Natural Remedies

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Natural Remedies for Insomnia, Tried and True


2 User Reviews
5 star (2) 

Posted by Eric (Mt. Airy, Maryland) on 03/07/2007
5 out of 5 stars

For me, its not eating a bannana before bed, rather incorporating bannanas into my diet. If I eat 1 or 2 a day I can fall asleep with no problems whatsoever.

Posted by Leah (Victoria BC) on 03/06/2006
5 out of 5 stars

Try eating a banana at bedtime. My stepfather suggested this when a girl he knew had a hard time sleeping after getting into drugs. I tried it & it worked!!


1 User Review
5 star (1) 

Posted by Kate (Atlanta, GA) on 06/27/2009
5 out of 5 stars

Basil has been by far the best remedy for my insomnia. I bring about 2 cups of water to a simmer, add 1/2 of a tablespoon of dried basil, turn the stove off, and let it sit, covered, for about twenty minutes. I've substituted a bruised sprig of fresh basil on occasion with the same wonderful effects. I start sipping on this tea about two hours before bed, and it knocks me out every time. I've upped the ammount of basil in the tea or the ammount of the tea I drink on occasion but the above measurements are the average ammounts that work best for me.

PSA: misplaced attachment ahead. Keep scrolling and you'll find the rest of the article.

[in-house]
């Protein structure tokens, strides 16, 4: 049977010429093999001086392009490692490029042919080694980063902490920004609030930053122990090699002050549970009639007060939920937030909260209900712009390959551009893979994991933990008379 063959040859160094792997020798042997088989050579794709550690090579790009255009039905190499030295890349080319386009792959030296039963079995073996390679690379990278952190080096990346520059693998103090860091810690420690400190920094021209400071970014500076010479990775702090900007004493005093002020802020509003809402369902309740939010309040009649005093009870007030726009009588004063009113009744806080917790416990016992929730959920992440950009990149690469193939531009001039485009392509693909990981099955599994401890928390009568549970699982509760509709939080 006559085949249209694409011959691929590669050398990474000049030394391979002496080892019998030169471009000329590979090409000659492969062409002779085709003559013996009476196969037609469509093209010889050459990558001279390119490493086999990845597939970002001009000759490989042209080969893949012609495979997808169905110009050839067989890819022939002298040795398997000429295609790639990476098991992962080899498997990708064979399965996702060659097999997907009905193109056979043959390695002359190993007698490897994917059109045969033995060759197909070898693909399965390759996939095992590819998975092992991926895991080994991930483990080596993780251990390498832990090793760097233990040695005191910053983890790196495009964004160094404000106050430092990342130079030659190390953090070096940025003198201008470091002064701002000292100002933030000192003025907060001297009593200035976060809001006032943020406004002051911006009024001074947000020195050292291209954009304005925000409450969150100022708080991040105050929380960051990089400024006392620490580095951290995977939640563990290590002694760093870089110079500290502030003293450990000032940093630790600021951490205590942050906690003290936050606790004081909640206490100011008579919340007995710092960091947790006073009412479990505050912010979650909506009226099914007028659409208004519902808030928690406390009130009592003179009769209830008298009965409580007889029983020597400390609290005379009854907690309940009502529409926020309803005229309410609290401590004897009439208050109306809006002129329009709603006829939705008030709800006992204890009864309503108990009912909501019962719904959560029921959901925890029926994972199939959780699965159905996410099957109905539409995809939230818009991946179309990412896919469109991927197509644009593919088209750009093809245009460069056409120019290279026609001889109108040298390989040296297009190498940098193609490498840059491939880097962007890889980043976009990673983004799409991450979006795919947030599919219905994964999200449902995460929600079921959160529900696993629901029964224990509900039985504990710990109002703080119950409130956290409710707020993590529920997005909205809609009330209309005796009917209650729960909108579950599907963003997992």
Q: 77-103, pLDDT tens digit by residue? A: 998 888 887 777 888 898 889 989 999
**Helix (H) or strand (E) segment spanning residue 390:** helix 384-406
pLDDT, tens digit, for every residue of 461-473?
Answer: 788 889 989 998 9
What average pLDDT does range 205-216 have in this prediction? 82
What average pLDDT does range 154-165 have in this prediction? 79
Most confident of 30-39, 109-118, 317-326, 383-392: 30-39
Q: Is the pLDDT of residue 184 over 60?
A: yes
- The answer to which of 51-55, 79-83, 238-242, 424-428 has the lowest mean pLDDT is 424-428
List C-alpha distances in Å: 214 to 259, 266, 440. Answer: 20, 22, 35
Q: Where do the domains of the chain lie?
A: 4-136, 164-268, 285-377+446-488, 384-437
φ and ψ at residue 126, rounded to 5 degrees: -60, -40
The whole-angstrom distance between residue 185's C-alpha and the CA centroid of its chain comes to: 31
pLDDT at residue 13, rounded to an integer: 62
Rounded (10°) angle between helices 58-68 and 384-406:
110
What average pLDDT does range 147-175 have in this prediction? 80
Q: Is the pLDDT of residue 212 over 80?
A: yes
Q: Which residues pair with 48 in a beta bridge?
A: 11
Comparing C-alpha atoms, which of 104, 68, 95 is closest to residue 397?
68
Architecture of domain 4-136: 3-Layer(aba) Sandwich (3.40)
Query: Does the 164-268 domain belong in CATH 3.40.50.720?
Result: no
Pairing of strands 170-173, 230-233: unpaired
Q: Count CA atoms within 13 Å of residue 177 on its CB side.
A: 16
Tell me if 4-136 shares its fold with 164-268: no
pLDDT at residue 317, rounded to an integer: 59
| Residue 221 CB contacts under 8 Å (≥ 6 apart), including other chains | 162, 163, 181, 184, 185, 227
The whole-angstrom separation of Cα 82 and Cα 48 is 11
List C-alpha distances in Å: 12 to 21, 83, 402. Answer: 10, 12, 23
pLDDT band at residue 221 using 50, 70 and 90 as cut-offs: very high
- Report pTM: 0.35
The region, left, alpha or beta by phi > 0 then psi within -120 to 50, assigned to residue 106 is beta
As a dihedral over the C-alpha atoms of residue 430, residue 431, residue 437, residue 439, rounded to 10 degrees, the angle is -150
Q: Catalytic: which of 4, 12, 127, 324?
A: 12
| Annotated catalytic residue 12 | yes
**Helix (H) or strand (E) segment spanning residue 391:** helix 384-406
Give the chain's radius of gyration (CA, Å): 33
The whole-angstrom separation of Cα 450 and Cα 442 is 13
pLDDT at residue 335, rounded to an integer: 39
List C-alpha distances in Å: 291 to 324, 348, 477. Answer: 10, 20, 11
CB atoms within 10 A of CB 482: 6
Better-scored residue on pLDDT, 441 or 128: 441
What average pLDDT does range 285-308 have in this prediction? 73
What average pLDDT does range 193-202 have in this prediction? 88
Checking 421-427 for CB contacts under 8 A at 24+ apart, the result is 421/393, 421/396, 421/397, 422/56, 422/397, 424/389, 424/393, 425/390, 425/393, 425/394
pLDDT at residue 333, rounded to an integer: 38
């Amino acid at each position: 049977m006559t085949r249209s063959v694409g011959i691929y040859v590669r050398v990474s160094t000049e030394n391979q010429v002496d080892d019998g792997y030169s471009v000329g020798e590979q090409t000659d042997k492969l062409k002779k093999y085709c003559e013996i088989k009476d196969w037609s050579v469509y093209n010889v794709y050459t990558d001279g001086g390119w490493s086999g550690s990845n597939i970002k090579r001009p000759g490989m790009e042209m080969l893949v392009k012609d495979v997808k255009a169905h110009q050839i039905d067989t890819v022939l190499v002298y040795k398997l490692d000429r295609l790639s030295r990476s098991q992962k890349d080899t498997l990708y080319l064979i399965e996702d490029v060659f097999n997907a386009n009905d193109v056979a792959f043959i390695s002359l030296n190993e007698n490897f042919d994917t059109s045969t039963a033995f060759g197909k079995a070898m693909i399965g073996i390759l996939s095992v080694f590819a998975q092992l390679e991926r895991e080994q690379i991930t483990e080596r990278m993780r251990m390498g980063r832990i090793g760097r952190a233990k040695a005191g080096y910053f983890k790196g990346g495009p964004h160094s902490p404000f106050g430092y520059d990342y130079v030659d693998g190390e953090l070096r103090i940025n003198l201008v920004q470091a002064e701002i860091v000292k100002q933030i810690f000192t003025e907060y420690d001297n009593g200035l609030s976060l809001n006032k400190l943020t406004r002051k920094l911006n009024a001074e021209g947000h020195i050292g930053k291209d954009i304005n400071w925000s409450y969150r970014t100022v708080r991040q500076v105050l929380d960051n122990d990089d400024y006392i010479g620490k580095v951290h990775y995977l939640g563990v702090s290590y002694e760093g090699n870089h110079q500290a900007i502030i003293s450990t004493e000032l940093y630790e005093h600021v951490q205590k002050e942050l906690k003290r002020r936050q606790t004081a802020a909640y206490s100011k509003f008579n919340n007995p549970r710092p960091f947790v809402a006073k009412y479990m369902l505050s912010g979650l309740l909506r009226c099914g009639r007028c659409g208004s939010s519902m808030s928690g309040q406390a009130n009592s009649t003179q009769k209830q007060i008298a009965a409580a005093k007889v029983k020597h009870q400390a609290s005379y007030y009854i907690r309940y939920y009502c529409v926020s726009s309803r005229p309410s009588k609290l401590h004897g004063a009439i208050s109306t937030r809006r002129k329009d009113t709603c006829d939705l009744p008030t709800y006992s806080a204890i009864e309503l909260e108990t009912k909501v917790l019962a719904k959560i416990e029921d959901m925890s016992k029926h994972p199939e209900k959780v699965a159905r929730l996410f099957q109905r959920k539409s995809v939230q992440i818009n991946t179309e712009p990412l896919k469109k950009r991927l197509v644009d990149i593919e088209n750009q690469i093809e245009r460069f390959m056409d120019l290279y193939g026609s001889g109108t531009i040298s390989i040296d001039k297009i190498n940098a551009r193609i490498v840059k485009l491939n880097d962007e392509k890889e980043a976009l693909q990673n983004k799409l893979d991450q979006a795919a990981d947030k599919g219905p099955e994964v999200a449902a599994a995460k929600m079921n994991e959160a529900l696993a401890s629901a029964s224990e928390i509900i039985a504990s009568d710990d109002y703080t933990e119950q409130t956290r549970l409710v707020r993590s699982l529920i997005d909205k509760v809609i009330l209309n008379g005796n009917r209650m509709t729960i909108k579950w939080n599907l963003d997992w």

Bentonite Clay

1 User Review
5 star (1) 

Posted by GT (Vero Beach, Florida) on 08/24/2007
5 out of 5 stars

Used Medicinal grade Bentonite clay for acid reflux,works within a few sips. Get a small bottle of water put in a teaspoon of bentonite clay (PH is 9.1) shake hard so it disolves in the water and take some sips. You will notice within the second sip the acid starts to calm down. A note; People with bad acid reflux have trouble sleeping, magnesium gets depleted when acid is on overload, a few sips of bentonite clay before bed you sleep like a baby. Magnesium' has a 'calming' effect for the mind and the physical muscles. There is magnesium in bentonite clay.

Blackstrap Molasses

Posted by Audrey (London, UK) on 01/04/2015

Is black strap molasses any good for insomnia?

Replied by Janet

Hi Audrey,

I love Black strap molasses, although I find that it gives me energy, even with the calcium and magnesium. It has so many other nutrients too, and a lot of potassium. It gives my body what it needs, like a vitamin. I like to make it into a tea and I drink it in the late morning or afternoon for a pick me up.

Block Blue Light

Posted by Rachel (Newark, New Jersey) on 10/13/2012